And I go back and forth on what I really think about that. But there's one thing that I know about the vice president from personal experience, and that is, over the last three or four years, he's become much more concerned about his personal privacy, his privacy, Lynn's (INAUDIBLE), Lynn's privacy, and the kids' privacy. And I think that question about his daughter really struck at the core of his irritation over privacy, and he really did a slow burn the whole interview.

OLBERMANN: He sure did. Thomas DeFrank, the Washington bureau chief of "The New York Daily News." Tom, great thanks for your time tonight.

DEFRANK: Thank you, Keith.

OLBERMANN: Also tonight, yes, it's all fun and games until someone loses a head. You think this is strange, we also have an iguana with priapism tonight.

And that's not the technical term for the deluded who parade onto "American Idol," but pretty close, isn't it? As the contestants get weirder, why have the judges seemed to have gotten nicer?

That and more, ahead tonight on Countdown.


OLBERMANN: We are happy to report that today is the 88th birthday of one of the stalwarts of television news. Edwin Newman retired from NBC in 1984, after having done everything from coverage of the Kennedy assassination to moderating two presidential debates, to hosting "SATURDAY NIGHT LIVE." And anytime you hear an NBC News person use grammar correctly, it's partially out of fear that Mr. Newman, who once headed the usage panel of the America Heritage - American Heritage Dictionary, would feel physical pain if he or she did not.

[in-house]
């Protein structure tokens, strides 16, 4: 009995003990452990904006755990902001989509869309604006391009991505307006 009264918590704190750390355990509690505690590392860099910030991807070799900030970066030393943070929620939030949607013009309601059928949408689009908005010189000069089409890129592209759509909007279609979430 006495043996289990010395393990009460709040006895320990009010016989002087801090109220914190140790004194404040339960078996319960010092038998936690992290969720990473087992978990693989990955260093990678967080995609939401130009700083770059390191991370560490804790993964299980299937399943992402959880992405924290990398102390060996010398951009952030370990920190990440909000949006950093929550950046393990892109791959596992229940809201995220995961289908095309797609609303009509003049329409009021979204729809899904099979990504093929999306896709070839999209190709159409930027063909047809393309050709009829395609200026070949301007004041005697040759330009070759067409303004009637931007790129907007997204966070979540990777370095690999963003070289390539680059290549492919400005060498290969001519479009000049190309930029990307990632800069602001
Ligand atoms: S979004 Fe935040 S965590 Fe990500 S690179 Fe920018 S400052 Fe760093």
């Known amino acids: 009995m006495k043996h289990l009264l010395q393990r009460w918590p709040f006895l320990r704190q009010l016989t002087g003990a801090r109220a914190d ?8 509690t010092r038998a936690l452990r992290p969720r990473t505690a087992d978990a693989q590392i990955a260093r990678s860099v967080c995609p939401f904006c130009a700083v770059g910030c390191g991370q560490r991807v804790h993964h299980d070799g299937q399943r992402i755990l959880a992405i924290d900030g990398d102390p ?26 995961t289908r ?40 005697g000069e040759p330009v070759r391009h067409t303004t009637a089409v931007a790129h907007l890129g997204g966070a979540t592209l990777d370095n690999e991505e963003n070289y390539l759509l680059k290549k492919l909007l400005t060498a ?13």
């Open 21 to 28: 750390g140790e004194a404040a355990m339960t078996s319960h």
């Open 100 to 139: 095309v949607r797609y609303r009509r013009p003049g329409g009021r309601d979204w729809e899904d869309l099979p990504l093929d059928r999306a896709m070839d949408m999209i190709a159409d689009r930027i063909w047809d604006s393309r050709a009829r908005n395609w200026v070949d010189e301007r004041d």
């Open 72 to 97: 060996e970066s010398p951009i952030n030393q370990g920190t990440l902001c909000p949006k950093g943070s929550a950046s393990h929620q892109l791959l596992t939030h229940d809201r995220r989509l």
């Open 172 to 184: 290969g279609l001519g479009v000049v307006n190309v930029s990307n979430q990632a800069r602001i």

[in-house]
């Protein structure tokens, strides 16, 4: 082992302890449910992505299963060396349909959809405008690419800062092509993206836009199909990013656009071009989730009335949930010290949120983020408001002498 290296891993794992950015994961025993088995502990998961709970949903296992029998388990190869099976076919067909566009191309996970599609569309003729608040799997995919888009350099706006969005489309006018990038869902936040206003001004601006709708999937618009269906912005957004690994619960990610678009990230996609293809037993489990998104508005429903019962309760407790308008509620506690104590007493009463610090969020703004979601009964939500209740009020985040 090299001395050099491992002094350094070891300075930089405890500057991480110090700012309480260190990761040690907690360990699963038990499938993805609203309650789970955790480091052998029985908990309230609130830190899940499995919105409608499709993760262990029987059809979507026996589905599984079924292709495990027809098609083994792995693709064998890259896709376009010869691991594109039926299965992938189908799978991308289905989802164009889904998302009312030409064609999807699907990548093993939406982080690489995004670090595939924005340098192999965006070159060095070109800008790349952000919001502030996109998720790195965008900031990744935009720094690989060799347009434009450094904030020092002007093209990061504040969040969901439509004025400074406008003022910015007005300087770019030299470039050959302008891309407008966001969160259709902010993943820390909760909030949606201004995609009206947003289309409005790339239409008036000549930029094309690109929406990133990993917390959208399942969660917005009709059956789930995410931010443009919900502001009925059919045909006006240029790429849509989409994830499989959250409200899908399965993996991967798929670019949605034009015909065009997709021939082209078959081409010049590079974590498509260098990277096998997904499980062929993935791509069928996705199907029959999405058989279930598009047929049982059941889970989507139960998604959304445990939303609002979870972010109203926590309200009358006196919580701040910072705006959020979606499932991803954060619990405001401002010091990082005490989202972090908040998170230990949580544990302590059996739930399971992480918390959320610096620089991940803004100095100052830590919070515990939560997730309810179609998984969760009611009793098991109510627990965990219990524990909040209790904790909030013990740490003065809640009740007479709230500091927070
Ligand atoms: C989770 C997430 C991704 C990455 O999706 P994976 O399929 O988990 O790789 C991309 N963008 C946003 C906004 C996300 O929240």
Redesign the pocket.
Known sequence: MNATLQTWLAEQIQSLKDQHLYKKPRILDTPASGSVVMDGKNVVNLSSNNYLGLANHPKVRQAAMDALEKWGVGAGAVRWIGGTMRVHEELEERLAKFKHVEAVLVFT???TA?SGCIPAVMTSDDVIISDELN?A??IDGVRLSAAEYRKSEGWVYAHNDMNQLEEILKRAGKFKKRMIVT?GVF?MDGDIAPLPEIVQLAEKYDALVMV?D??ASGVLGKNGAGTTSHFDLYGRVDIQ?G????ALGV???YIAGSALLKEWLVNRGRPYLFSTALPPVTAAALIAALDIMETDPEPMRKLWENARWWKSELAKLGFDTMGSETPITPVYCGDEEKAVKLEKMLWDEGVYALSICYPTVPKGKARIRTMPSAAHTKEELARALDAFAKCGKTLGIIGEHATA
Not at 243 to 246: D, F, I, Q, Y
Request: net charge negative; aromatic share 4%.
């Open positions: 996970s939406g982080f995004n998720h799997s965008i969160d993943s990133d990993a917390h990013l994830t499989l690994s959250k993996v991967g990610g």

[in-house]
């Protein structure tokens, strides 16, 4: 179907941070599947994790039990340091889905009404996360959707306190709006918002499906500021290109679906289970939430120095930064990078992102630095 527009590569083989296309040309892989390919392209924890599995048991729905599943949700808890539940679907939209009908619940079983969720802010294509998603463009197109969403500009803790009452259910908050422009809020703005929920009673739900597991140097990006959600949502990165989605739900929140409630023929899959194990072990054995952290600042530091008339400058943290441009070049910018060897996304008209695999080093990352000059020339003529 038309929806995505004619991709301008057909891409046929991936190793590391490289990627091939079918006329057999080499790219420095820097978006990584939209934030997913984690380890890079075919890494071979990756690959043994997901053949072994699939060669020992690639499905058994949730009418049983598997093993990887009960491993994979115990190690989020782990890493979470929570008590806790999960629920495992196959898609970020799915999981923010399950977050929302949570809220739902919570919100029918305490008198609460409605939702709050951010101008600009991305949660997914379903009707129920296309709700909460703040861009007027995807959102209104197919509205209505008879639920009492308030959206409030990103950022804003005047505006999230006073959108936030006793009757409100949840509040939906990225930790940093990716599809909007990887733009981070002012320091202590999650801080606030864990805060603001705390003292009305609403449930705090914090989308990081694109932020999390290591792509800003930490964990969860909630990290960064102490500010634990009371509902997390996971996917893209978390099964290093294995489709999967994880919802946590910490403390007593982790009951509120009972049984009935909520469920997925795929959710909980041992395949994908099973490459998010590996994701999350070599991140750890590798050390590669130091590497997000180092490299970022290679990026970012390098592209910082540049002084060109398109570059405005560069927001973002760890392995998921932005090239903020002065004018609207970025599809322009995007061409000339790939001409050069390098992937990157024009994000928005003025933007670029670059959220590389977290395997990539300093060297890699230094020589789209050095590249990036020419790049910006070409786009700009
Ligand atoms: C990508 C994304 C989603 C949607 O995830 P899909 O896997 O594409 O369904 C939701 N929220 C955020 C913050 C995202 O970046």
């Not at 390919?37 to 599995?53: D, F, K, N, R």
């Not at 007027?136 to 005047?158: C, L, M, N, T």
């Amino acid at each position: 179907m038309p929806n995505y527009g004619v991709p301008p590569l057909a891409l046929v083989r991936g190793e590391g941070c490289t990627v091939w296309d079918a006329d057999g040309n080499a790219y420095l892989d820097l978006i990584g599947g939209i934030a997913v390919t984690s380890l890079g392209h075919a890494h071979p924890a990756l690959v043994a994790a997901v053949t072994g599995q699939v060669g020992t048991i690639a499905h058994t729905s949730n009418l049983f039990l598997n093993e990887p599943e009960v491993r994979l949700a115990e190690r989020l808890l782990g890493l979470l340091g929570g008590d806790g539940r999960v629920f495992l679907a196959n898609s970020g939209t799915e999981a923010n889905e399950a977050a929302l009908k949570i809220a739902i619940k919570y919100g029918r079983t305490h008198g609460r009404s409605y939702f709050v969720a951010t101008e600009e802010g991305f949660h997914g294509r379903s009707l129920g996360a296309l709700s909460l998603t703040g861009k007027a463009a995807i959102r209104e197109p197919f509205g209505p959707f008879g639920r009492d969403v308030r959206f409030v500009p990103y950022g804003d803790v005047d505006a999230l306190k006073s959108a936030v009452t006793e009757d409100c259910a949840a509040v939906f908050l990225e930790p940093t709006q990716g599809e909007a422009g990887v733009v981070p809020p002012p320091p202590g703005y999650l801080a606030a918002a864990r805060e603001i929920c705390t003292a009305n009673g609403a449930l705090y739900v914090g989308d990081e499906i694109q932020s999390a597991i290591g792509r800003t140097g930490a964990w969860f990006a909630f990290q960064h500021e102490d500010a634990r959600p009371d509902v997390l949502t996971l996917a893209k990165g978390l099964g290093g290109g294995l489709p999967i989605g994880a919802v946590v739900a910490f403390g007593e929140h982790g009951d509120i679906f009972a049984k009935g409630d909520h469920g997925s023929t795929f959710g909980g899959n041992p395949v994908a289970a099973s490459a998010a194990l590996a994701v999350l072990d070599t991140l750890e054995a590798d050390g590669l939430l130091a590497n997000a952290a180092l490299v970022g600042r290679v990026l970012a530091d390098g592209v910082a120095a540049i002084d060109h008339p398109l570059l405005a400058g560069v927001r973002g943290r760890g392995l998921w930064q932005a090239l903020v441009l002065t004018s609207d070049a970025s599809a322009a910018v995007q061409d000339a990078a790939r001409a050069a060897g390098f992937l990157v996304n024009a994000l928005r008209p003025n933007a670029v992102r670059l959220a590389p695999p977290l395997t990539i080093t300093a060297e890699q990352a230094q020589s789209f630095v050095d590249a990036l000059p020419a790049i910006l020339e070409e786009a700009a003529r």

That was OK?

Let's play Oddball.

We begin in Puerto Limon (ph), Costa Rica, where a man and his pet thousand-pound crocodile frolic about in a local pond in front of a few dozen spectators. This is no alligator wrestling show. Gilberto Graham (ph) and his bloodthirsty best friend really do have strong feelings for one another. Graham says he found the 15-foot crocodile wounded with a bullet five years ago. A farmer had shot the beast to stop it from eating his cows.

It was eating cows.